The Town held a meeting in September on the important topic of Sudden Oak Death and how it affects, and will be affecting, our Town. You can watch the meeting on Mootube and see our previous article here. Denise Enea, the Fire Marshall for the WFPD, Matteo Garbelotto, an environmental scientist at UC Berkeley, and Katie Palmieri from the Oak Mortality Task Force and a salesman for an Agri-Fos™ dealer, a fertilizer that helps prevent SOD, were available at the meeting, as was fire expert and ‘arborculturalist’ Ray Moritz.
Matteo Garbelotto lead off discussion by describing what has been happening since the SOD Blitz event held in our area in April. The SOD Blitz was held to collect leaf samples to track the distribution of Sudden Oak Death in our region. 26.7% of samples (taken from bay laurel, an important reservoir for the disease) were infected with SOD. Of course, as Mr. Garbelotto pointed out, these samples were self selected by volunteers, so it’s likely that the overall disease rate is lower. Portola Valley and Jasper Ridge were more infested than Woodside proper (you can see the map distribution on the video on Mootube). He stated that the sampling process was not systematic.
The results of the SOD Blitz were available on Mr. Garbelotto’s website. The Woodside (and Portola Valley) results are there and show amoung other things that of 206 samples taken 26.7% of the them tested Positive.
After the initial presentation of his data, several people had questions. Some questioners seemed to be quibbling with the overall methodology. Others seemed genuinely frightened. Unfortunately, Matteo did not give many reasons to be comforted. Instead, his information was pretty scary – strongly implying the devastation of our oak forest within the infected area.
According to Mr. Garbelotto, despite the many dead trees we can see around Woodside, there actually hasn’t been a bad year for the spread of SOD since 2005-06. To spread the disease, trees need to be wet for more than twelve hours and warmer than 19 degrees Celsius. This hasn’t really occurred since then, so the extent of SOD in our area – extensive though it is – is all from that period. During the next warm, wet year, even the areas currently free of SOD will almost certainly become infected due to the distance SOD can travel in a year. The life cycle is that bay laurels and tan oaks are infected the first year and then coast live oaks are infected the next.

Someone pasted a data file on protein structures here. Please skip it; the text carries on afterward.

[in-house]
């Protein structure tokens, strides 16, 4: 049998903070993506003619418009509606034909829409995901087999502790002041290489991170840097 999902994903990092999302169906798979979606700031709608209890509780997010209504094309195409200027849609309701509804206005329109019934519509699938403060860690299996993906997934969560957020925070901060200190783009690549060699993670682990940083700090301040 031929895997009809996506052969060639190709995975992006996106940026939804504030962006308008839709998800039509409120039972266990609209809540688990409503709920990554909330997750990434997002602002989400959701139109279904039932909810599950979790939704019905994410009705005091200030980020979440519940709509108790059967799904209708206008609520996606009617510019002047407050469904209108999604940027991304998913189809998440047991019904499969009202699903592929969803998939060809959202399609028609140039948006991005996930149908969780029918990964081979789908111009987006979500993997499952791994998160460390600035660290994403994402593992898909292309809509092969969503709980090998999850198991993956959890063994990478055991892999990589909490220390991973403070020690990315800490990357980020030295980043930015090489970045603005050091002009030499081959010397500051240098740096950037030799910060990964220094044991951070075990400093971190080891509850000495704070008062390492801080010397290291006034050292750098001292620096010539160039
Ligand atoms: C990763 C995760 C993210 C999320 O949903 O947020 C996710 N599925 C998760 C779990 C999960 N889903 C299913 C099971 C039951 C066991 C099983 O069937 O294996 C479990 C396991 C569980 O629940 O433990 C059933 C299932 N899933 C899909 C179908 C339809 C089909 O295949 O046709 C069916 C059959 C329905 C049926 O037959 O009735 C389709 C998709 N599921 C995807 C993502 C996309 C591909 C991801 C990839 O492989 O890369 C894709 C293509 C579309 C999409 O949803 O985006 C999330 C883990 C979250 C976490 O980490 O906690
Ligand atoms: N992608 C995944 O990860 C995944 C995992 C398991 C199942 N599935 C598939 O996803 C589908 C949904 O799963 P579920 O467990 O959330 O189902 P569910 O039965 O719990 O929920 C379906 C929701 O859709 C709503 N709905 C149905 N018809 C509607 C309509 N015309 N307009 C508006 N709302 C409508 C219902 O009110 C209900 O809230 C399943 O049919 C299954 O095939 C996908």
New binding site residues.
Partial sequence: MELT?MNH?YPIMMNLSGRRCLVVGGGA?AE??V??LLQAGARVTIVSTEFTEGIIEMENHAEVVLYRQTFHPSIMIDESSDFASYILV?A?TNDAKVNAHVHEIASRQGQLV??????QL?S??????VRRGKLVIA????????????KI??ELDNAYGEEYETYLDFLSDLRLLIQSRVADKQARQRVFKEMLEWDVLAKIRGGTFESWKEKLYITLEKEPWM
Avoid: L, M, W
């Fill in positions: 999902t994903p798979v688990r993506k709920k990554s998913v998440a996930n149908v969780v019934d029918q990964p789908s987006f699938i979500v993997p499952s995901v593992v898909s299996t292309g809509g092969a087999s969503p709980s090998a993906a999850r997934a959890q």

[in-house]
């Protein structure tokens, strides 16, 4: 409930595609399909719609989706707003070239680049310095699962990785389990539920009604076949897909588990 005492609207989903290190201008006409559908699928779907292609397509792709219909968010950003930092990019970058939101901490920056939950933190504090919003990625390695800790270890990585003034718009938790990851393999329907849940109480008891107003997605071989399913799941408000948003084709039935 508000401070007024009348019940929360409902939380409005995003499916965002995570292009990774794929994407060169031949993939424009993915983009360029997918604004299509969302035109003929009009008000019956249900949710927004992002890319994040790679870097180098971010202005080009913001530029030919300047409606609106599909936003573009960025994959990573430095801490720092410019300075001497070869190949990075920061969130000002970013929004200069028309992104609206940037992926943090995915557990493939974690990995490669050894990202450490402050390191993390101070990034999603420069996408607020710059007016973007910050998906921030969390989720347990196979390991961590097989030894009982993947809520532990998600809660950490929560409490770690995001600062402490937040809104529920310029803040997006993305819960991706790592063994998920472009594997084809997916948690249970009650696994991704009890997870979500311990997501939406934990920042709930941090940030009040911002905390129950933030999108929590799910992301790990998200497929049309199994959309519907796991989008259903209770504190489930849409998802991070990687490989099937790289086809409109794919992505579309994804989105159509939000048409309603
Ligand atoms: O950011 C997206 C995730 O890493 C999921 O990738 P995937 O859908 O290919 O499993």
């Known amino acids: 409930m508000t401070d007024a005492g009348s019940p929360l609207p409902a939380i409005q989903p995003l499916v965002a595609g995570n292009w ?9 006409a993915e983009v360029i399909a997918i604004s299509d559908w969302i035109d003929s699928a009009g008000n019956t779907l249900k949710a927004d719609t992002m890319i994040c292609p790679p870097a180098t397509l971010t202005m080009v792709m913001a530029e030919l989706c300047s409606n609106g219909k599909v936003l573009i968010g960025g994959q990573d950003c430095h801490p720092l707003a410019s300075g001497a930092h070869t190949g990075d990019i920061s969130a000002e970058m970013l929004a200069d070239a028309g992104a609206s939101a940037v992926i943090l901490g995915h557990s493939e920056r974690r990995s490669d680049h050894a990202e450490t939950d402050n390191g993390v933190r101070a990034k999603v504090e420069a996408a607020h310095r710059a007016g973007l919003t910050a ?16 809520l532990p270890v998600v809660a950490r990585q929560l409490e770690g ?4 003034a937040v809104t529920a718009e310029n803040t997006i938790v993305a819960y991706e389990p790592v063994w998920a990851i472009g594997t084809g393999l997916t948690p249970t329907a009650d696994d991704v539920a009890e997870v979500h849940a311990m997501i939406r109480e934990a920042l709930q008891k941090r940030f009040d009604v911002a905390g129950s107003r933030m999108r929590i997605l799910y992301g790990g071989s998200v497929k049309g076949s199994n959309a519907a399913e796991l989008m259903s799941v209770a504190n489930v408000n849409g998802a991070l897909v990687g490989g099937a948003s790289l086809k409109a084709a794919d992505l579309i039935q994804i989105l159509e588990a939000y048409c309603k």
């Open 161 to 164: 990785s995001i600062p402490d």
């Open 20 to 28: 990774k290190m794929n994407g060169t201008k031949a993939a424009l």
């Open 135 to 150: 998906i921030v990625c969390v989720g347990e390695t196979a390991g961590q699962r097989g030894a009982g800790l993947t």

The news continued to be mostly grim throughout the meeting. The arborculturalist warned about increased fire dangers from dead trees, as did Fire Marshall Denise Enea. In studies, 40 – 44% of infected live oaks died. There are some things you can do to protect your trees, but protection of large forested areas may prove impossible. Some tips:
• Stay alert. If bay laurels or tan oaks are infected in your area one year, you have a one year window of opportunity to try to protect your live oaks. Consider removing bay laurels and tan oaks within fifteen feet of your live oaks which keeps the spores from spreading as easily. It is not recommended that you removing all of your bay laurels and tan oaks. Bay laurels, while infected, will not die from the disease. If you remove your bay laurels and then your coast live oaks die from SOD, you could be left with a completely bare landscape.
• Concentrate on saving what you consider to be “high value” live oaks. Application of a fertilizer, Agri-Fos, helps protect against infection by strengthening the tree. Once SOD is present in your local area, you need to reapply the Agri-Fos every single year. Injections of Agri-Fos are more effective than external applications, but you don’t want to inject every year due to the wounds you create in the tree.
• Be careful when you prune, since pruning at the wrong time of year can encourage infection. While there are no rules about moving infected materials, it is a very bad idea to move infected or possibly infected materials that can further infect currently clear areas. Dead trees should be pruned before they fall and block roads. However, either mulch in place on your property or contact a company licensed to dispose of infected material.
The meeting ended with a strong message that SOD is “everybody’s problem. There are no barriers to infection between properties. There is some hopeful news. Apparently, there is a close cousin of the live oak that is more resistant to SOD. If you need to replant, that is probably the wiser choice of tree. Additionally, further investigations into treatment and prevention are ongoing.
We strongly encourage everyone to watch the video at Mootube and check out Mr. Garbelotto’s website for more information, and do what you can to protect our landscape and your property.